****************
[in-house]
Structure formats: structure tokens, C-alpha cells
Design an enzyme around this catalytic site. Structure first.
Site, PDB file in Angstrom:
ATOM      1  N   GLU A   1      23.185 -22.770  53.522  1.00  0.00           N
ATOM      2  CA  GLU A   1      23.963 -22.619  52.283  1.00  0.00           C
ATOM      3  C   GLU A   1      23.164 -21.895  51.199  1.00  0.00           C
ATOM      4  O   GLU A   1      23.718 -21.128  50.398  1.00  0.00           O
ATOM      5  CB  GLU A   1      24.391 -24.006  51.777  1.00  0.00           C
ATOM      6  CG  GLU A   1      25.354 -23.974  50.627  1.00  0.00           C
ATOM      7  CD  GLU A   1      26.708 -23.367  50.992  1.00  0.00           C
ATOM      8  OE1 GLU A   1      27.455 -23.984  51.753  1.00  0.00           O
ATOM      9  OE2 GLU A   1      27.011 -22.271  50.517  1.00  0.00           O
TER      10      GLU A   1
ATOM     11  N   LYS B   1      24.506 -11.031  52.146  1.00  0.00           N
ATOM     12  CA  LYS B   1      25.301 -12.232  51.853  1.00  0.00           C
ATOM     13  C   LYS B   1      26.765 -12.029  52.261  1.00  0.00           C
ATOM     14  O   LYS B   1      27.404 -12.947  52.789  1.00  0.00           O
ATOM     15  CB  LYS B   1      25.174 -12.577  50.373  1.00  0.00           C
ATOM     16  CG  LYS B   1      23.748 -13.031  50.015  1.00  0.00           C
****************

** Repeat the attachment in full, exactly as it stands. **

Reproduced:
[in-house]
Structure formats: structure tokens, C-alpha cells
Design an enzyme around this catalytic site. Structure first.
Site, PDB file in Angstrom:
ATOM      1  N   GLU A   1      23.185 -22.770  53.522  1.00  0.00           N
ATOM      2  CA  GLU A   1      23.963 -22.619  52.283  1.00  0.00           C
ATOM      3  C   GLU A   1      23.164 -21.895  51.199  1.00  0.00           C
ATOM      4  O   GLU A   1      23.718 -21.128  50.398  1.00  0.00           O
ATOM      5  CB  GLU A   1      24.391 -24.006  51.777  1.00  0.00           C
ATOM      6  CG  GLU A   1      25.354 -23.974  50.627  1.00  0.00           C
ATOM      7  CD  GLU A   1      26.708 -23.367  50.992  1.00  0.00           C
ATOM      8  OE1 GLU A   1      27.455 -23.984  51.753  1.00  0.00           O
ATOM      9  OE2 GLU A   1      27.011 -22.271  50.517  1.00  0.00           O
TER      10      GLU A   1
ATOM     11  N   LYS B   1      24.506 -11.031  52.146  1.00  0.00           N
ATOM     12  CA  LYS B   1      25.301 -12.232  51.853  1.00  0.00           C
ATOM     13  C   LYS B   1      26.765 -12.029  52.261  1.00  0.00           C
ATOM     14  O   LYS B   1      27.404 -12.947  52.789  1.00  0.00           O
ATOM     15  CB  LYS B   1      25.174 -12.577  50.373  1.00  0.00           C
ATOM     16  CG  LYS B   1      23.748 -13.031  50.015  1.00  0.00           C